Could history serve as a guide in the 2020 election? With headlines about racial violence, protests and riots, 2020 seems reminiscent of 1968. Racial strife and division of 1967 and 1968 set the stage for the law and order candidacy of Richard Milhous Nixon.
President Trump, who recently reaffirmed his claim to being a “law and order” President, is looking to benefit from the same momentum that propelled Nixon into the White House. Could an appeal to the past, even from a century ago, become a theme of the 2020 campaign?
A Look Back
The mid to late 1960s were a time of contrasts in the U.S. The country appeared to make historic racial progress by outlawing segregation in public places and ensuring the right to vote in 1964 and 1965. But racial clashes in the streets, especially with law enforcement, led to demonstrations and race fueled riots. Following the Watts riots in 1965, there were an estimated 150 riots in 1967 and 100 in 1968, following the assassination of Dr. Martin Luther King, Jr.
Two hundred and fifty riots is hard to fathom. There have been nearly as many peaceful protests following the killing of Floyd George this year as there were violent riots between 1967 and 1968. Amid this chaos Nixon saw a path to victory for his “law and order” candidacy which included his Southern Strategy emphasizing “state’s rights.” His choice of running mate, Spiro Agnew emphasized this strategy. Agnew, the first term Governor of Maryland had made his name by emphasizing law and order themes in a racially polarized state.
To understand the Southern Strategy, it is important to understand what made the South valuable to Republicans. After the Civil War, the Democratic Party was dominant in the South. However, as the Democrats became the party of civil rights progress, Republicans believed they could win over Southern whites by criticizing civil rights.
Nixon aide H. R. Haldeman explained the Southern Strategy when he argued, “you have to face the fact that the whole problem is really the blacks. The key is to devise a system that recognizes this while not appearing to.” In this environment the code words “law and order” and “state’s rights” were used to reassure white voters that Nixon would prioritize their interests.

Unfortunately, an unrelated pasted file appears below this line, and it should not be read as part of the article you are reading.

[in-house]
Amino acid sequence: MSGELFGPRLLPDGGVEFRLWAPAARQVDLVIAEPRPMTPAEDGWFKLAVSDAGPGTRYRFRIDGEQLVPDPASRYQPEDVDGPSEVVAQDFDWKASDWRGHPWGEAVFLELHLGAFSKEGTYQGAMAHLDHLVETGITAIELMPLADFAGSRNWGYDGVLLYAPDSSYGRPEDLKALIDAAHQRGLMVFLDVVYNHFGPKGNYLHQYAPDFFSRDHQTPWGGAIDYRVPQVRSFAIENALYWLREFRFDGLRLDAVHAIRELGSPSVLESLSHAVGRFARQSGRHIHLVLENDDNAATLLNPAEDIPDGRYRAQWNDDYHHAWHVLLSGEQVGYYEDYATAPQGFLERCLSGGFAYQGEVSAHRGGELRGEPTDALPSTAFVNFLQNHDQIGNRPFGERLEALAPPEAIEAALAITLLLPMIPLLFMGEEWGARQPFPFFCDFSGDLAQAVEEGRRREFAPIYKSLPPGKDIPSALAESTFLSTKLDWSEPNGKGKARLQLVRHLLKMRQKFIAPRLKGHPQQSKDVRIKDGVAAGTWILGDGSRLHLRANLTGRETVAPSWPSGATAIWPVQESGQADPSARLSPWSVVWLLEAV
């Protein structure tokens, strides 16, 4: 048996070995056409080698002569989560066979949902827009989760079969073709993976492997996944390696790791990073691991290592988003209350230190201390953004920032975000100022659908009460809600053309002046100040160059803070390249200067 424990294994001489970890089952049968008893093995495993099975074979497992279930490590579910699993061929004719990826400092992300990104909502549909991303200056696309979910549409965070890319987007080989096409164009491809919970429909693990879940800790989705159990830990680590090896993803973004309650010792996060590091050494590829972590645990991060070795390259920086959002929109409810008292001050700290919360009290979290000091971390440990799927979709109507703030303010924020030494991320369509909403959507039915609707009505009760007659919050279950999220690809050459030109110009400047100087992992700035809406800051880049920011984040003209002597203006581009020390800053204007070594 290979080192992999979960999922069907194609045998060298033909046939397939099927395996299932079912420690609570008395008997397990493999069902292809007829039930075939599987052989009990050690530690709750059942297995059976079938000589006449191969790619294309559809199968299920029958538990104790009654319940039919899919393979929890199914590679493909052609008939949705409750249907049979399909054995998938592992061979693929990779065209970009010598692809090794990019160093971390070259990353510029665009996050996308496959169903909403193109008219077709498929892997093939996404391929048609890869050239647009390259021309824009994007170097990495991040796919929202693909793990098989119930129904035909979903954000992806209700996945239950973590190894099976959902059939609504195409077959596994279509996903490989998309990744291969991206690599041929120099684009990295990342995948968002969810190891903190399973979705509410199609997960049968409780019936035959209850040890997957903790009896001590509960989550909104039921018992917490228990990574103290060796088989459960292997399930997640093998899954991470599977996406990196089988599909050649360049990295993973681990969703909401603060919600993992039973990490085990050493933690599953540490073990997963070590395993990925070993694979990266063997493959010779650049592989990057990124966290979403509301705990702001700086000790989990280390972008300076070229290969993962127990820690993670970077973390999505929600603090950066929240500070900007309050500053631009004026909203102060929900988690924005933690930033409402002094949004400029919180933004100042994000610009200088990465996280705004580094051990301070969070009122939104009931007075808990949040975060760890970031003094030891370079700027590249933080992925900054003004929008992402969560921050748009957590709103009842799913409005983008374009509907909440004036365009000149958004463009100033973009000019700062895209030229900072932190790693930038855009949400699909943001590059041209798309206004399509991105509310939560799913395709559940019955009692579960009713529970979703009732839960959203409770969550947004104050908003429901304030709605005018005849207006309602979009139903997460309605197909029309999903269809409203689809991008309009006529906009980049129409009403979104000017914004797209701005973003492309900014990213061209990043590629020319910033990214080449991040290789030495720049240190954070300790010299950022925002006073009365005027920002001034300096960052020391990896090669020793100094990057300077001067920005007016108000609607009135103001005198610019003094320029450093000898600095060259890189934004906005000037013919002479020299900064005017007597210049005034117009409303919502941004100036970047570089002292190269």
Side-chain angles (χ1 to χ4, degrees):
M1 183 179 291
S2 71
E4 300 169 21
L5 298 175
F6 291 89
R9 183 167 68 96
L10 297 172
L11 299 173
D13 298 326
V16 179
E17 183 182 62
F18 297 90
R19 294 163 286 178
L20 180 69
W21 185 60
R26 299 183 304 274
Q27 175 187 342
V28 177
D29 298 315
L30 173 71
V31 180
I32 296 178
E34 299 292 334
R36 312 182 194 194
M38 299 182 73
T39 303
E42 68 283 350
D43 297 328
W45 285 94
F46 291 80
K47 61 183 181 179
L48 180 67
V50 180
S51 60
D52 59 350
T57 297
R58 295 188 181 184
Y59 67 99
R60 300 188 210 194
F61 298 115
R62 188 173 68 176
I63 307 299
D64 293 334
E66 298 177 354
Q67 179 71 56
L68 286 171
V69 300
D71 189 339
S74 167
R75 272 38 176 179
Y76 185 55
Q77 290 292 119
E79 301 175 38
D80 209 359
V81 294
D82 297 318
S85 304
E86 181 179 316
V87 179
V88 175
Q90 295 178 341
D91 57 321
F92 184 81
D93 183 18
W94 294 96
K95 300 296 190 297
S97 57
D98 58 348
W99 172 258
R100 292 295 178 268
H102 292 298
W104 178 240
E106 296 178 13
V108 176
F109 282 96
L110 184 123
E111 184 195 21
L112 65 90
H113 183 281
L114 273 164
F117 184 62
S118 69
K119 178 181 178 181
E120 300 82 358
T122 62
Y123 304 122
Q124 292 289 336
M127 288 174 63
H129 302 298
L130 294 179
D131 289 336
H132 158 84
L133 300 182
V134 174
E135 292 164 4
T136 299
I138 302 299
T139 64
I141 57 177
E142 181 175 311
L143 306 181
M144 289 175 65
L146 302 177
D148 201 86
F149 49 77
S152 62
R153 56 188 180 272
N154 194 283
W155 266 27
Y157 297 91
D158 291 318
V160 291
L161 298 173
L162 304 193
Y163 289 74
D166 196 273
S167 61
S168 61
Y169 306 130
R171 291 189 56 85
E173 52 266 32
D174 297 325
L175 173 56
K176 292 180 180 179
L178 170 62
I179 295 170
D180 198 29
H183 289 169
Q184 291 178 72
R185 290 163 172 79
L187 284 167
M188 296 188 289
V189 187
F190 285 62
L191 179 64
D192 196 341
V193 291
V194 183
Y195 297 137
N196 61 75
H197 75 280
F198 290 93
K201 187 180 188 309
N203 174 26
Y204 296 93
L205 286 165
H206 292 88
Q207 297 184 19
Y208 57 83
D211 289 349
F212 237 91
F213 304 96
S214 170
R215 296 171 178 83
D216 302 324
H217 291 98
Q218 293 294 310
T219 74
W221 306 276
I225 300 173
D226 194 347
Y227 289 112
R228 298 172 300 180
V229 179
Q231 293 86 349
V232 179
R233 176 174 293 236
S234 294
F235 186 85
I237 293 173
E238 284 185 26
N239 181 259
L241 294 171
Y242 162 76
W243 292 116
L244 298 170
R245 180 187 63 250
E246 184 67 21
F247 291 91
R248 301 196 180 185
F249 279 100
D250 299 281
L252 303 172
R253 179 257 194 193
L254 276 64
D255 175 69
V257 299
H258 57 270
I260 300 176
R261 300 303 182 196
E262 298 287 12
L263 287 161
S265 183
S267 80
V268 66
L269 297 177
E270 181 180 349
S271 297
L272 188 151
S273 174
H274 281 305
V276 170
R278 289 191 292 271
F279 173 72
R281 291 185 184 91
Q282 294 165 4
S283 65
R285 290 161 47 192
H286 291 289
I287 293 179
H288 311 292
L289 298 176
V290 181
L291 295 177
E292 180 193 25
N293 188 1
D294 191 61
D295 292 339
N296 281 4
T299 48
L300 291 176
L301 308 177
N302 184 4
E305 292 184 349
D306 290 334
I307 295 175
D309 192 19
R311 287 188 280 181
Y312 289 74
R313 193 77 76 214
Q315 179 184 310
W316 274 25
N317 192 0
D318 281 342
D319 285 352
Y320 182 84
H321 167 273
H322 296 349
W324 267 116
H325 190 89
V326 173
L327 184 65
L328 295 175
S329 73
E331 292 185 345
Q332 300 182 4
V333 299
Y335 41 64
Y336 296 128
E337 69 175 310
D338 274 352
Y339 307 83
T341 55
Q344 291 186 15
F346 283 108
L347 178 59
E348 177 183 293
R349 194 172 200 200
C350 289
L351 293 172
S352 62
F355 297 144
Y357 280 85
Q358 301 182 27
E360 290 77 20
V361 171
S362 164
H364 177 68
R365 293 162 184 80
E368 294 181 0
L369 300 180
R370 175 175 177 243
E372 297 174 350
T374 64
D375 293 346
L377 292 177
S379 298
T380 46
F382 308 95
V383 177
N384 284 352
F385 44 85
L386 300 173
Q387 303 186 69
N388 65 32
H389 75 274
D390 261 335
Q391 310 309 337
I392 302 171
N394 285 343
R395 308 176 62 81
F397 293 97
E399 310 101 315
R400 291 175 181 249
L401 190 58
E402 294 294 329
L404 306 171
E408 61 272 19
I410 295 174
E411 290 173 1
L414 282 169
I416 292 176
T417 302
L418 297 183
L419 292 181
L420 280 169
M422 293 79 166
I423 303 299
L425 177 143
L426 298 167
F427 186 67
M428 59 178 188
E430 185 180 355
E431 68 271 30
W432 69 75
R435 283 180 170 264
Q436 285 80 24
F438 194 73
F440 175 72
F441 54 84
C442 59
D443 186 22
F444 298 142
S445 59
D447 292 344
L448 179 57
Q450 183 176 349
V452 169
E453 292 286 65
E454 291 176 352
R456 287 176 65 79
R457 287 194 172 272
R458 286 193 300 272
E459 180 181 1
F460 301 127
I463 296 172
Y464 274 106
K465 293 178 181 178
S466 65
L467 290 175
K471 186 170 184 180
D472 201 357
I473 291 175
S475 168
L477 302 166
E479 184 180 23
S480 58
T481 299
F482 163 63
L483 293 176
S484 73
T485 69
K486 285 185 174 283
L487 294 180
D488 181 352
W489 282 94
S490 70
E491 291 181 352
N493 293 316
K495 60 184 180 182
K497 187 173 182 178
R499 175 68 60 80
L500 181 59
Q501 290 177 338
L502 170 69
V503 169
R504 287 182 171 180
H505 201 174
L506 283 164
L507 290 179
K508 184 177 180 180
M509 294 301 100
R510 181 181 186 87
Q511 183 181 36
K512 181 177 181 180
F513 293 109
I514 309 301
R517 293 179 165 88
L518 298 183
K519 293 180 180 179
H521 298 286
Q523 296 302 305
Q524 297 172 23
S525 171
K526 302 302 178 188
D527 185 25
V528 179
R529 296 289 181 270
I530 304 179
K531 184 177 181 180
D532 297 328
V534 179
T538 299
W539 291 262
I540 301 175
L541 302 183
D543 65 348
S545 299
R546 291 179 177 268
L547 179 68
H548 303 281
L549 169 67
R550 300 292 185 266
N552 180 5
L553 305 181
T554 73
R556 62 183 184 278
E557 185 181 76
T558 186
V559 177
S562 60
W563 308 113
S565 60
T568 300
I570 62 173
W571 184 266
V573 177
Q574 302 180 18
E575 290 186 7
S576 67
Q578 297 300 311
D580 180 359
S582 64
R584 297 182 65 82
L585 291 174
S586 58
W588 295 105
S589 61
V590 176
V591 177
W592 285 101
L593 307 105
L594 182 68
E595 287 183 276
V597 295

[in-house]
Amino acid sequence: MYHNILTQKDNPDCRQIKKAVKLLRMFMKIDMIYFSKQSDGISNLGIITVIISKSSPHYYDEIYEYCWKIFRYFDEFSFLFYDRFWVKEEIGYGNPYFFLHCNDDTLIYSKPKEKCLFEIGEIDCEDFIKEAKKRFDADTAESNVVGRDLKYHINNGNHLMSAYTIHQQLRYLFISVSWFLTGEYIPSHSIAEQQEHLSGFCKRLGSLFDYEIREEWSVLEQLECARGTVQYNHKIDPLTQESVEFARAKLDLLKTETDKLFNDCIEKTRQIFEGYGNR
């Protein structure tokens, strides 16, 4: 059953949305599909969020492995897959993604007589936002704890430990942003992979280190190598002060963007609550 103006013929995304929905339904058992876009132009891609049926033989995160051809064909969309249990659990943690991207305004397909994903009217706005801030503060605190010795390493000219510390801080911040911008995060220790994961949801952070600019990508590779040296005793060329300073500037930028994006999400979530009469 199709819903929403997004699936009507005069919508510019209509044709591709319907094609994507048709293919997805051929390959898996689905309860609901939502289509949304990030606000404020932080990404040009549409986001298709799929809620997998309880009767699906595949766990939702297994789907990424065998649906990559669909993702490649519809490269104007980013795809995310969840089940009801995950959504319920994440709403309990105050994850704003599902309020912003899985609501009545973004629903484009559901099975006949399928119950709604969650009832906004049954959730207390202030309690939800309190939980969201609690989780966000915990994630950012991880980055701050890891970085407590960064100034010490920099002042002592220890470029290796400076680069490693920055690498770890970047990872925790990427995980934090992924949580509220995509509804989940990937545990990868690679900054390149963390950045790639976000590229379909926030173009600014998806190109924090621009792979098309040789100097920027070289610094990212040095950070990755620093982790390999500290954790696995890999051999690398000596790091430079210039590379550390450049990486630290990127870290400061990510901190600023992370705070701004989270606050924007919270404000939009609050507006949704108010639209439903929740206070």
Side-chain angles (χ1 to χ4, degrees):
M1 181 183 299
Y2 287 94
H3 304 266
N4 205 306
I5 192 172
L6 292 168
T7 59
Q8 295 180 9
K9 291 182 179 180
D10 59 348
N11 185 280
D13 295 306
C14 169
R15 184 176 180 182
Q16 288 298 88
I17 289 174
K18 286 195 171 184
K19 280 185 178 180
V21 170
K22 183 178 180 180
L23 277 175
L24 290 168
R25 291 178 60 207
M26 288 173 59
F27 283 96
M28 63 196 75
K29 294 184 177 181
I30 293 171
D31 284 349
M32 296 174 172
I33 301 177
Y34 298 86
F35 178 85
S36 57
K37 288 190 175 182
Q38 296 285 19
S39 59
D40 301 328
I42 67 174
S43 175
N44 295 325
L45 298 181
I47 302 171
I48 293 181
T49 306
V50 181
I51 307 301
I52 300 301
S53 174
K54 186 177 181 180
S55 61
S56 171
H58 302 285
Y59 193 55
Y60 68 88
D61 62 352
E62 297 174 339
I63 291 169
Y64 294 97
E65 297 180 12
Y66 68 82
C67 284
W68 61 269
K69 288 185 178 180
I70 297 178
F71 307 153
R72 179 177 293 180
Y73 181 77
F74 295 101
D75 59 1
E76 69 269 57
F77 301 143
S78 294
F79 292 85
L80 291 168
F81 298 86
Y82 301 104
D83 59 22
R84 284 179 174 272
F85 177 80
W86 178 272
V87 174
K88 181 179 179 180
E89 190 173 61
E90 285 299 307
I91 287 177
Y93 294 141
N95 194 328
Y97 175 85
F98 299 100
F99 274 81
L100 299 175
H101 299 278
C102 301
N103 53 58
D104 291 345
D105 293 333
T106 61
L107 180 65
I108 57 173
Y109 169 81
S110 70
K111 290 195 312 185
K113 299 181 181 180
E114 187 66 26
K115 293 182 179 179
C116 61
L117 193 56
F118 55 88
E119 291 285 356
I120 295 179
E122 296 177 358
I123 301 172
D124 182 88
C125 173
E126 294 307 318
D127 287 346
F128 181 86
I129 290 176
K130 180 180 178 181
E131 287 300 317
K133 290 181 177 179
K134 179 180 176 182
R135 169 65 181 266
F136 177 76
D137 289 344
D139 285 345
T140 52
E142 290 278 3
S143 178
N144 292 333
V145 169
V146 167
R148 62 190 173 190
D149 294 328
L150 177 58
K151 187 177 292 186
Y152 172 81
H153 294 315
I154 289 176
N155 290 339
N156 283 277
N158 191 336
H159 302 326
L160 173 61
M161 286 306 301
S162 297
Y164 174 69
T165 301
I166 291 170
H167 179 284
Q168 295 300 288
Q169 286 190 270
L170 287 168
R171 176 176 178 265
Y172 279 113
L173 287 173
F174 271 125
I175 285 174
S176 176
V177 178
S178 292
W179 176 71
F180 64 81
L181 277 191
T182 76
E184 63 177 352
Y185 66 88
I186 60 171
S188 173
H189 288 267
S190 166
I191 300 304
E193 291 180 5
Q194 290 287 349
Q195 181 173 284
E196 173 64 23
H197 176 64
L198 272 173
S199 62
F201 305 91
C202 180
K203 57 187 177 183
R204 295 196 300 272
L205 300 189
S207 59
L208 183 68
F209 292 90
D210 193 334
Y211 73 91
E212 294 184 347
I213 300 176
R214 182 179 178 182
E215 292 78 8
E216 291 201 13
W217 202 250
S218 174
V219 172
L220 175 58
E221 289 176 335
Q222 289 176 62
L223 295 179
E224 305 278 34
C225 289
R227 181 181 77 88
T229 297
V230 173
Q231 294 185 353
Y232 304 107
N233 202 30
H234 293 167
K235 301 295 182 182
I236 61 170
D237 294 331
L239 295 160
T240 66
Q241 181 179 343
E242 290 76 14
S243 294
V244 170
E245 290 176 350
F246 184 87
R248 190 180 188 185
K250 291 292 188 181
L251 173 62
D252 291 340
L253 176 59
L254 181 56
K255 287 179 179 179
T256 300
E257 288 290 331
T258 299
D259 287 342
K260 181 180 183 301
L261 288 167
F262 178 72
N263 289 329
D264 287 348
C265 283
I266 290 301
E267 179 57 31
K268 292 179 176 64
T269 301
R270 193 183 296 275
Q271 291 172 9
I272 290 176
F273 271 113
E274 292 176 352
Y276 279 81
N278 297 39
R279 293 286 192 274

A Look Ahead
Could the election of 1968 have any lessons for this year?
It would be easy to dismiss the scale of the unrest of the late 1960s with the mostly peaceful protests today. What could make it more similar is the accelerated feedback loops, advances in communications technology, 24/7 news outlets and social media outlets which make it easy to sensationalize even minor events.
It’s also possible the population is far easier to scare. Much of the population in the late 1960s had lived through Pearl Harbor, World War II, the Korean War and a number of years in Vietnam. Much of the black population of the late 1960s had lived through these events, as well as, years of Jim Crow terror and countless setbacks. As Will McAvoy, in Aaron Sorkin’s, The Newsroom lamented about today’s voters, “We didn’t use to scare as easy.”
Economically, working and middle class voters are stressed as never before. In the 1960s there was a belief that a rising economic tide lifted all boats and everyone had a chance to improve their financial station. In the modern economy, income from financial assets (property, securities) exceeds income for labor. In such times, the income available to those with only their labor to offer becomes close to a zero-sum game. Therefore, the more one person earns for their job, this less there is available for the next worker.
This year Americans have lived with the spreading of a deadly virus and an economic implosion. This has added considerable economic suffering, as millions have been fired, and extensive social distress as the disease continues to kill. The broken social safety net has sent millions more into poverty, while fatigue with social distancing rules has led people to congregate across the state and the county. Not surprisingly, new cases have begun climbing again.
In this environment swing voters may crave a candidate offering something close to the status quo ante. One century ago, Senator Warren G. Harding promised a “return to normalcy,” after World War I, and was elected.
A Donald Trump’s Presidency can be considering many things, but “normalcy” is not among them. However, if Biden promises more change at a time when the pace of change has accelerated from Mach 1 to warp speed, his appeal may be limited. In this environment, Biden will likely promise to return the country to a pre-Trump America.
Will appeals to nostalgia, in a time of chaos and change, carry the day on November 3rd?